The Wisconsin Department of Transportation announced June 26 that it has sold corporate sponsorship of the department’s roadside assistance services to insurance giant State Farm.
The deal is the first of its kind for the department, DOT spokesman David Hunt said.
It was unclear June 26 whether it was the first time state government has sold naming rights to taxpayer-funded services.
State Department of Administration spokesman Steve Michels said each state agency would have to respond to questions about whether it is pursuing sponsorship or naming rights deals.
The newly named Wisconsin DOT State Farm Safety Patrol will bear the company’s name and logo on roadside assistance trucks, Hunt said. The patrol operates on heavily trafficked highways and in road-construction zones, where breakdowns can create safety hazards and traffic bottlenecks.
Hunt said the deal will help defray the department’s cost of about $1 million a year to provide the services. State Farm will pay a $225,000 sponsorship fee to the state in the program’s first year, with the fee open to negotiation in subsequent years, he said.
“It has kind of a stadium naming rights feel to it,” Hunt said. “It’s the same good service for less cost to the taxpayer.”
Zones patrolled include ongoing highway projects on Verona Road in the Madison area and U.S. interstates 39-90 in Dane and Rock counties. Services include providing fuel, changing flat tires, jump-starting vehicles, removing road debris and relocating disabled vehicles off the highway, according to a DOT release.
Seventeen other states, including Illinois, have similar agreements with State Farm, according to a DOT statement. The DOT conducted a bidding process in 2016 for the sponsorship, and State Farm was the only respondent, Hunt said.
The Dane County Sheriff’s Office Freeway Service Team uses trucks with several local corporate logos, including American Family Insurance, Kayser, and Barnes, according to photos of service vehicles posted on the sheriff’s office website.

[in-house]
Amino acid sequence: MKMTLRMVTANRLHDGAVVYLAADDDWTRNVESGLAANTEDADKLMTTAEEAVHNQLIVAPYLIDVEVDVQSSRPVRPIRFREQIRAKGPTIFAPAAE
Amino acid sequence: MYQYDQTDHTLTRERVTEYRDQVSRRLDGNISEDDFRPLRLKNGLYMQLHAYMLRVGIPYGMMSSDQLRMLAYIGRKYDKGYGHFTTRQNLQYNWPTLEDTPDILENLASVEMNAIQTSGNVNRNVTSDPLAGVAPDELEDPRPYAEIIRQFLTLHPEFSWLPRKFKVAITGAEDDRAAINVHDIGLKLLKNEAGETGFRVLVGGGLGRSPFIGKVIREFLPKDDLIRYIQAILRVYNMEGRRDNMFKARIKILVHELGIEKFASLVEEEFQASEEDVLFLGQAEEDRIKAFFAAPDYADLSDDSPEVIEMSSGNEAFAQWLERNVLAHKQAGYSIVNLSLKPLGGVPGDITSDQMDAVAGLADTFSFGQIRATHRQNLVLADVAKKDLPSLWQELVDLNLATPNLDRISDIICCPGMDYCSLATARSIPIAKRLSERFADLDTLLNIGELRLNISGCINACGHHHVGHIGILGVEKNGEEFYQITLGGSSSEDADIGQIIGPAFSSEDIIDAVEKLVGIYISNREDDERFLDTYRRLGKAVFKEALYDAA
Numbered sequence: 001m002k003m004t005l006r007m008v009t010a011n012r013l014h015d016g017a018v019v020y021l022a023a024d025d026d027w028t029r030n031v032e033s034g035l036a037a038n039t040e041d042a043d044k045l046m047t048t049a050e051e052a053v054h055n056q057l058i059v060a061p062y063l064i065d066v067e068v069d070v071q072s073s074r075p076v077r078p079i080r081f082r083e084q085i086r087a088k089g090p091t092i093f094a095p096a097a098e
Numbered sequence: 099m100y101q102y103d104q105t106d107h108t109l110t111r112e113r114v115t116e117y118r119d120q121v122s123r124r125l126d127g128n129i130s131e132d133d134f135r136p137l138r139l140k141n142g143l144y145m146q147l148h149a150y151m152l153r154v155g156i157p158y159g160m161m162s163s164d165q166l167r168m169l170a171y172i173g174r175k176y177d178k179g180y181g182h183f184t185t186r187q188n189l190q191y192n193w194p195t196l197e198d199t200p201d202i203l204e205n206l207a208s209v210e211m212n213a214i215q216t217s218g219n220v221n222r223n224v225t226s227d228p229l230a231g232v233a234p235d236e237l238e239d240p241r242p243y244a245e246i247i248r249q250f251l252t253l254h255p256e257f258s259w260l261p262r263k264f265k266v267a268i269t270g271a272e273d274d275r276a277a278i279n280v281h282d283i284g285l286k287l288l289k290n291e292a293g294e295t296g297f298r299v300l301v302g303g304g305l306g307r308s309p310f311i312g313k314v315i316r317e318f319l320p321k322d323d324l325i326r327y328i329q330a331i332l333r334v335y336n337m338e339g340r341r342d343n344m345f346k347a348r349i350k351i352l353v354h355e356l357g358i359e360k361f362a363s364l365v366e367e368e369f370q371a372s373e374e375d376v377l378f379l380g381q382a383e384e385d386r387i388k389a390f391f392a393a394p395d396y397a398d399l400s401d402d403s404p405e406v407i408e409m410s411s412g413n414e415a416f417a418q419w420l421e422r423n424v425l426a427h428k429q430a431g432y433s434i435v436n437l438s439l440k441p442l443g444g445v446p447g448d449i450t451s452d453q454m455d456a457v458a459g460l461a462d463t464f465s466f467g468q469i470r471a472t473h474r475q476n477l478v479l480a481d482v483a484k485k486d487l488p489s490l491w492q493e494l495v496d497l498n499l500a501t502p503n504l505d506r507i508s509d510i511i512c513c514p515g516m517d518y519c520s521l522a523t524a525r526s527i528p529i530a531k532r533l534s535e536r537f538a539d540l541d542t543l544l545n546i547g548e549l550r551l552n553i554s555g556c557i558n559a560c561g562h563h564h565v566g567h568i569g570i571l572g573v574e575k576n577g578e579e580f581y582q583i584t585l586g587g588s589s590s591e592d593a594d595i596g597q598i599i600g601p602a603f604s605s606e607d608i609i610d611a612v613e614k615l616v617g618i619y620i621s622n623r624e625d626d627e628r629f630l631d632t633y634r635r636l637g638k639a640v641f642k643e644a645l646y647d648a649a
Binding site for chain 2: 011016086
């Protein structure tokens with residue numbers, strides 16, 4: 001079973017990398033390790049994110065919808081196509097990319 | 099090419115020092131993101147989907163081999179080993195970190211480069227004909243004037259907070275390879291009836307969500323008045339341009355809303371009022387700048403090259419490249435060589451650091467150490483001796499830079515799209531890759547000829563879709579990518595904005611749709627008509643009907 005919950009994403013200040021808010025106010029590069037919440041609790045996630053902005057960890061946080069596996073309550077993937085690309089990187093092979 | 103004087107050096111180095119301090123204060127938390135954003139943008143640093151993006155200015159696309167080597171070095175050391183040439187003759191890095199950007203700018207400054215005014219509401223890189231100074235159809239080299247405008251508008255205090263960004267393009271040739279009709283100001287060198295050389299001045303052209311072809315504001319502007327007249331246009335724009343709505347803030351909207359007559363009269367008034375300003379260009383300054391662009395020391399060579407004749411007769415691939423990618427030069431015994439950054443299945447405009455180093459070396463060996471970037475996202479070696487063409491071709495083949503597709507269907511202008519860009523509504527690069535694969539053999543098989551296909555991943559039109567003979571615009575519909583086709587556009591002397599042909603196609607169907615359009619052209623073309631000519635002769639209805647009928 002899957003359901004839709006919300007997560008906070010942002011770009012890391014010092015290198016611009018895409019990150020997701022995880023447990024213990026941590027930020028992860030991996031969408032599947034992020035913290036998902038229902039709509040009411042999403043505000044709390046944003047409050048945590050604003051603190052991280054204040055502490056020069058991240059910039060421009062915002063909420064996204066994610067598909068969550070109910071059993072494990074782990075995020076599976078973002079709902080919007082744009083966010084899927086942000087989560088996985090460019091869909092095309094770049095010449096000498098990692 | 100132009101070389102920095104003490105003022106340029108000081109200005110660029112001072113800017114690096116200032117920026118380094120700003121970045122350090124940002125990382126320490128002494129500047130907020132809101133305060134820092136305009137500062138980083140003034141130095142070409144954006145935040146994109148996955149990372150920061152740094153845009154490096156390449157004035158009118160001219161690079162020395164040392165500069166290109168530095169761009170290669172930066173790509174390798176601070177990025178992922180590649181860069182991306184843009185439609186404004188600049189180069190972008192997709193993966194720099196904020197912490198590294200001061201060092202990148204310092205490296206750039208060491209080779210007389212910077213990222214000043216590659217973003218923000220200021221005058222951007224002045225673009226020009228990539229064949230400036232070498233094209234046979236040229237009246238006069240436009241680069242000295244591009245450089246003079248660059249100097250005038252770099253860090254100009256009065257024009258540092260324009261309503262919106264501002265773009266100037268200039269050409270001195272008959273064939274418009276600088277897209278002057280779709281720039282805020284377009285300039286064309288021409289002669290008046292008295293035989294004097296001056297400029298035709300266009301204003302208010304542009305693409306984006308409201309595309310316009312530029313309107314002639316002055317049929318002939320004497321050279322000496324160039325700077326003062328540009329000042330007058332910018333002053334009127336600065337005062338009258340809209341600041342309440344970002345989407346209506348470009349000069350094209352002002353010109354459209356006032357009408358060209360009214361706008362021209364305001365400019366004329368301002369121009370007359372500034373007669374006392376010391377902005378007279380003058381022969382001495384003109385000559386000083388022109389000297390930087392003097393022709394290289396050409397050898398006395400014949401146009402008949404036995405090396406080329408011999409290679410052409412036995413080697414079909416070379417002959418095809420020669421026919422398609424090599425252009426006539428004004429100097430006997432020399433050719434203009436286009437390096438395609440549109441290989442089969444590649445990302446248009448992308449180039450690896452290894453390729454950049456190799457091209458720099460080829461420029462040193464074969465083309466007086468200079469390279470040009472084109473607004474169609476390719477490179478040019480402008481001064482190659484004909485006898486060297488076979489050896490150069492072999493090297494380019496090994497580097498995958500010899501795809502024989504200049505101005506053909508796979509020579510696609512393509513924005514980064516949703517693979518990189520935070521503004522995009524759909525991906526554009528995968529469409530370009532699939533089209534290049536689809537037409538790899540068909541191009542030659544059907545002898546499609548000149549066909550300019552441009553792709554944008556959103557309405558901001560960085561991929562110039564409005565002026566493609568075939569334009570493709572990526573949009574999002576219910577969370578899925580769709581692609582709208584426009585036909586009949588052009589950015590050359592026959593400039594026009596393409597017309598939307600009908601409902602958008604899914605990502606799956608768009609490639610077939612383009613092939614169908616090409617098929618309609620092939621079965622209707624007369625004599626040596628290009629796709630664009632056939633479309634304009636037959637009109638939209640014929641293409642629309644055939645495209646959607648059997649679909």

A message left with the office late June 26 was not returned.
Hunt said the department has no immediate plans for other sponsorship deals but wouldn’t rule out other opportunities.
“We continue to be open to funding solutions that are going to deliver value to the taxpayers,” Hunt said.
DNR Secretary Cathy Stepp created controversy in 2015 when she said that the state would consider selling naming rights to state parks to help them operate without tax support — a step the department has yet to take.
That concept drew pushback from environmental groups, Democratic lawmakers and others.
Sen. Jon Erpenbach (D-Middleton) said at the time it could lead to a sponsorship arrangement such as “Devil’s Lake State Park brought to you by Menards.”
Todd Berry, president of the Wisconsin Taxpayers Alliance, said the State Farm deal may irk some who oppose private naming rights for public services or facilities. But Berry said the deal is “not unusual in the public context.” He noted public universities and local governments often sell naming rights to stadiums, event centers and other facilities.
“It may be new for state government, but it’s old hat for state universities and counties and municipalities,” Berry said.